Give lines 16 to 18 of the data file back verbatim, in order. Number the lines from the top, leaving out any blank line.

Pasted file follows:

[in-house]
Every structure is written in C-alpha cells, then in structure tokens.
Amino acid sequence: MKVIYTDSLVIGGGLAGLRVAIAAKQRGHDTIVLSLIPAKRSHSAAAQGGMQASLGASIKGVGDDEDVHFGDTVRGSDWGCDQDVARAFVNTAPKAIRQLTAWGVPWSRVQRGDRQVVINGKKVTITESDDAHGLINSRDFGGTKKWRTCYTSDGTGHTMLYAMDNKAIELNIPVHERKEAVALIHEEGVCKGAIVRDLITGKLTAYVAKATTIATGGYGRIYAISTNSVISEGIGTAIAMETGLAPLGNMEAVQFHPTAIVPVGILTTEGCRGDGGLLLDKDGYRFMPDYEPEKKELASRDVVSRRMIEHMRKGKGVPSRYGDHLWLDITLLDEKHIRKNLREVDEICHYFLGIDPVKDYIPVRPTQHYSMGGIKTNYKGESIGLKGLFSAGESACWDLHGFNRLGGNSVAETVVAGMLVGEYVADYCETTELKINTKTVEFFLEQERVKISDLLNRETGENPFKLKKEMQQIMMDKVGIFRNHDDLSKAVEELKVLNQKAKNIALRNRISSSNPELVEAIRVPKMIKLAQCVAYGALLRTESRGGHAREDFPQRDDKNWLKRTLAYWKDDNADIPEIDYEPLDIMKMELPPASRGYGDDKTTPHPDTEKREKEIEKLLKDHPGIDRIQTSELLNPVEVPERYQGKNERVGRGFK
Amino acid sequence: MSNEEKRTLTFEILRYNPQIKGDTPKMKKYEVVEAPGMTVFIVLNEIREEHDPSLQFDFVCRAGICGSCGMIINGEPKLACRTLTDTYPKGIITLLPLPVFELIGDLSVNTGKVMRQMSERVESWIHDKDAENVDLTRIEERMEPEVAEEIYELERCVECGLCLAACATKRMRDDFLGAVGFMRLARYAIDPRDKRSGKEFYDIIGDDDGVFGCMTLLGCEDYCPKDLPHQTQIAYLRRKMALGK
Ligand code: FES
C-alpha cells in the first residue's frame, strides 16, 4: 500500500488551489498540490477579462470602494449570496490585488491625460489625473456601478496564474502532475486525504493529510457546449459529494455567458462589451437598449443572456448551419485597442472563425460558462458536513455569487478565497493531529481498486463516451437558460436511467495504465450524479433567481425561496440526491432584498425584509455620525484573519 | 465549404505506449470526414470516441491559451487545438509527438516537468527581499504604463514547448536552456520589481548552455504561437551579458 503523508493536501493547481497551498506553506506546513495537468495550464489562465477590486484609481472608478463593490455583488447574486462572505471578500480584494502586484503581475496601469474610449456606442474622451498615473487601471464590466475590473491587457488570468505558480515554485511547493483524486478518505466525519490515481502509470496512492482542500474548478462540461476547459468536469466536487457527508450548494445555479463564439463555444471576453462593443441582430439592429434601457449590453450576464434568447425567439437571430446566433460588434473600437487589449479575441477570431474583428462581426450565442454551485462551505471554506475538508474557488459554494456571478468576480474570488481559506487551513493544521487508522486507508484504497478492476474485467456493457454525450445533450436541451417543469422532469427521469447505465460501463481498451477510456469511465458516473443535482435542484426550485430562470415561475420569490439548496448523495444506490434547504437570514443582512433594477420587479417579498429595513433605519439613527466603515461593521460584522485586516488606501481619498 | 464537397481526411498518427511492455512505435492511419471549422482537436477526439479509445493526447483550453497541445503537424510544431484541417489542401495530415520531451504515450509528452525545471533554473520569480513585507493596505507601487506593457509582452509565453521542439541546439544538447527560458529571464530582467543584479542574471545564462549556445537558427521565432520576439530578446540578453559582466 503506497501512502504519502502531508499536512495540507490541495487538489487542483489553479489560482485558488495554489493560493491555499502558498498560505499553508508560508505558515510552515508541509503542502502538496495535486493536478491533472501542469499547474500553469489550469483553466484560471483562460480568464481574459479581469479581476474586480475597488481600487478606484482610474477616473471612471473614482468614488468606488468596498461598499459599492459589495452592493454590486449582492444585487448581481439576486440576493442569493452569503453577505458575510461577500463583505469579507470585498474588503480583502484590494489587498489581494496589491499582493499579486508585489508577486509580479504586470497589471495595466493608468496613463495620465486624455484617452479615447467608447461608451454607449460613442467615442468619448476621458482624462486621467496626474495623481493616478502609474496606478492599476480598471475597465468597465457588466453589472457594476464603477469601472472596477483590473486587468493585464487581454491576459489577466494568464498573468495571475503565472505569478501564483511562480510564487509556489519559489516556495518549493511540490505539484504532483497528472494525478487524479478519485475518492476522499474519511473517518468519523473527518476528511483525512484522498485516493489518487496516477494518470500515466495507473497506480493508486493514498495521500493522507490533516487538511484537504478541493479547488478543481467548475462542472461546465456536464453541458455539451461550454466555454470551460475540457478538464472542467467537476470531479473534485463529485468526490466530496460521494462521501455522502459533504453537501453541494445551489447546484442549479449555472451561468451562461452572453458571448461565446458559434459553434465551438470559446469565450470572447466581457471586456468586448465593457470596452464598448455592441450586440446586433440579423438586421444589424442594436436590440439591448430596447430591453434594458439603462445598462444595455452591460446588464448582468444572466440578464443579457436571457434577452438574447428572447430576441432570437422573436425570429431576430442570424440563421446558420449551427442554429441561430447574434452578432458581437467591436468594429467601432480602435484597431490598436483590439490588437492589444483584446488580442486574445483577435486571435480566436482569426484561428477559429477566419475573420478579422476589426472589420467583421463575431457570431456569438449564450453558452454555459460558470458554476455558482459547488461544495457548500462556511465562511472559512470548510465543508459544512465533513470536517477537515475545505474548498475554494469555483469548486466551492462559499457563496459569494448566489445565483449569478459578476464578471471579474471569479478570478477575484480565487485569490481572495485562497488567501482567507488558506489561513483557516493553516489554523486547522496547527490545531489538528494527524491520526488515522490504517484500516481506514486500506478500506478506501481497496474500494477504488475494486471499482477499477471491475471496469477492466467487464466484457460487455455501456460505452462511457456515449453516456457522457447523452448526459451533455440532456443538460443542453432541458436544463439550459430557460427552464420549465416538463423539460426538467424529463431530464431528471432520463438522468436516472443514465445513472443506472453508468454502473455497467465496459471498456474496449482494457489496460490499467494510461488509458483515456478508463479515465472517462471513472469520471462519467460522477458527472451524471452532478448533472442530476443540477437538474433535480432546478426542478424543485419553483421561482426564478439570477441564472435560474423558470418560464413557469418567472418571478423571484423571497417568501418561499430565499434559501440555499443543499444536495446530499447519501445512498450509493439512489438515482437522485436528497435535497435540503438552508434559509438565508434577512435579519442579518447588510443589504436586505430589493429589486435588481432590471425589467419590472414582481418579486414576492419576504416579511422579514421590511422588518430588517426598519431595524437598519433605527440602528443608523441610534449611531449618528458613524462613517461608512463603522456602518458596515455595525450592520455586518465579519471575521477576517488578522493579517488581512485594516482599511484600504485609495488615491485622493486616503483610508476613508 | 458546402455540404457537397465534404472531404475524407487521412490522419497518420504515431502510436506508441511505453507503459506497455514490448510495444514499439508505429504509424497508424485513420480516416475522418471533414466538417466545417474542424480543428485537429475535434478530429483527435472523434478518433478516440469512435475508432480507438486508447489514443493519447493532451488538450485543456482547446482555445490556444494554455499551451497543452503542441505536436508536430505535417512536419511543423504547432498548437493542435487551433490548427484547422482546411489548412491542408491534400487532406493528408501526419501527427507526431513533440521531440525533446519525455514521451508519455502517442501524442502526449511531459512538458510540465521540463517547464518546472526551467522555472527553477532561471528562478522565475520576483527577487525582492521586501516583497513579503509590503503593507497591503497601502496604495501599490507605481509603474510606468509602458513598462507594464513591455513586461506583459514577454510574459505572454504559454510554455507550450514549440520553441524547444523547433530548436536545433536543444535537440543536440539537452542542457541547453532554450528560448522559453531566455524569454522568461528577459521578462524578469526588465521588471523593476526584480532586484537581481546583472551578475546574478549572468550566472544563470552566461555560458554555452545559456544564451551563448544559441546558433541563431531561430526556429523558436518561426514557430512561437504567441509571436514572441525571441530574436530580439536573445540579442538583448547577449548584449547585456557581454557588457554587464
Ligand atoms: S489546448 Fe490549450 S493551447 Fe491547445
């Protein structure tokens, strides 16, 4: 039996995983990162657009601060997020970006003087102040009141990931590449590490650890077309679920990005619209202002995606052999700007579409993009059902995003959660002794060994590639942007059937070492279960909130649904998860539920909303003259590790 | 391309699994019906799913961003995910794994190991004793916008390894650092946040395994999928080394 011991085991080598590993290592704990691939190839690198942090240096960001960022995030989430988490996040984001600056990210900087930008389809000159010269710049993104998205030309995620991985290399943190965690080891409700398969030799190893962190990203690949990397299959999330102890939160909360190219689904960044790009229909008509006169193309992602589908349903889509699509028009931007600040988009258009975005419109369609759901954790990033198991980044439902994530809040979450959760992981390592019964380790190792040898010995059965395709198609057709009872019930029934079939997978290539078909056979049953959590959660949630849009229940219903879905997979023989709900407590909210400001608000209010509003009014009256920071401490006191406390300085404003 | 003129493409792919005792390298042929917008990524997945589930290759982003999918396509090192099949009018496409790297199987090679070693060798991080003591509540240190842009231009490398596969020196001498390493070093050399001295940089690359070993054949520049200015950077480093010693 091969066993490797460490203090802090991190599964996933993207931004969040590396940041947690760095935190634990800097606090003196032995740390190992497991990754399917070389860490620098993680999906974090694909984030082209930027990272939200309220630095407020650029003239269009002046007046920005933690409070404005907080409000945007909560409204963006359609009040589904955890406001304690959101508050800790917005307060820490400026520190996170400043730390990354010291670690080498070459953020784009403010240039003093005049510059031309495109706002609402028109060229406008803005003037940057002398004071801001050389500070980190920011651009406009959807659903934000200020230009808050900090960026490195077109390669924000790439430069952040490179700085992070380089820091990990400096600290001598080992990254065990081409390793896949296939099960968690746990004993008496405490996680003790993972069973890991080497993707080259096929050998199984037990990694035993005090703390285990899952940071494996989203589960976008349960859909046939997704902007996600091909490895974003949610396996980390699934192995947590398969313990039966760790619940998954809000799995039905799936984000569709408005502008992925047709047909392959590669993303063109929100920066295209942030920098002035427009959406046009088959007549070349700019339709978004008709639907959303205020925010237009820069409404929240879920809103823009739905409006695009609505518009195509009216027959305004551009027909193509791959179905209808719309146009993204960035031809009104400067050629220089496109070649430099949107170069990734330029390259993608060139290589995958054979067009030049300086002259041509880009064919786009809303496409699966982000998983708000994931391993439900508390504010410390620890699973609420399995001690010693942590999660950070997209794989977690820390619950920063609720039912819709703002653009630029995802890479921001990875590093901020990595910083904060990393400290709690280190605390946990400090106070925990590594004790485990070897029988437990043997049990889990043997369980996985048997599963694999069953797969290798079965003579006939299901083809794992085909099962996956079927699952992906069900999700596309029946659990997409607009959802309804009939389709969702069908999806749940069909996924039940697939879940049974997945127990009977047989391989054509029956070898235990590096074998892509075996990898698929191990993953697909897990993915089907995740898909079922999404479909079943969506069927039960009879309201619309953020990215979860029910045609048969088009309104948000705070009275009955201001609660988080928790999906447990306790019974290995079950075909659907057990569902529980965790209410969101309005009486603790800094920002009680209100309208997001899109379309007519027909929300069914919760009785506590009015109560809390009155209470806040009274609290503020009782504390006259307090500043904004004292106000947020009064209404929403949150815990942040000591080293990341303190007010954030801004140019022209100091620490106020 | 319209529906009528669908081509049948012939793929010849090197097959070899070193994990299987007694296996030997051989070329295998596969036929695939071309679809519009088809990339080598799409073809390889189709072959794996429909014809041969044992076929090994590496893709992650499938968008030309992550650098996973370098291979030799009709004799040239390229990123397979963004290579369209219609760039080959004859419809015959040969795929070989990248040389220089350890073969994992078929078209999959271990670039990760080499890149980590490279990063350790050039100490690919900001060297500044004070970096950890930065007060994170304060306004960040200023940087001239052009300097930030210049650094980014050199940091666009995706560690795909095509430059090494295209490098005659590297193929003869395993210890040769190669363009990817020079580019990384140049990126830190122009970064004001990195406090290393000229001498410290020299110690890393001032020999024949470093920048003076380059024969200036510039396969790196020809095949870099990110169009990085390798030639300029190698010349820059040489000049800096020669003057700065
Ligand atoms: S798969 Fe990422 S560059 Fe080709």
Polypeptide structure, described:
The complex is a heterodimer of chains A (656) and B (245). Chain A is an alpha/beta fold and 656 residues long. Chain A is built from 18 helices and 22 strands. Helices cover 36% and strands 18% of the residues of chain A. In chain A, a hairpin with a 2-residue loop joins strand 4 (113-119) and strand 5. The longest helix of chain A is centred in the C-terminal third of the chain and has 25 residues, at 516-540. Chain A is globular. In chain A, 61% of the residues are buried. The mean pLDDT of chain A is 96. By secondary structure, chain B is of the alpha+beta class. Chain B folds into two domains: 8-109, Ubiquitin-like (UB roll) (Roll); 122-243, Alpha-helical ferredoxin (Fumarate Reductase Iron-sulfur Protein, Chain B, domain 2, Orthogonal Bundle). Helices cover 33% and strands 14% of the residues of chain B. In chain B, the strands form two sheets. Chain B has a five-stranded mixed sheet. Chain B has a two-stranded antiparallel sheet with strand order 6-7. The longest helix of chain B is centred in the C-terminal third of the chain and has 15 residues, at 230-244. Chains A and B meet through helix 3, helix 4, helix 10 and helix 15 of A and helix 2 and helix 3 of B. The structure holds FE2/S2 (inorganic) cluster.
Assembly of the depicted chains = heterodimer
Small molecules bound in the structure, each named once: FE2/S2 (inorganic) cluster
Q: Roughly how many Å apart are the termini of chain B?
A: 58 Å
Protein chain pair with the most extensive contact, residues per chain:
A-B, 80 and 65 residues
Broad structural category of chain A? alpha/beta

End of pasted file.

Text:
Protein chain pair with the most extensive contact, residues per chain:
A-B, 80 and 65 residues
Broad structural category of chain A? alpha/beta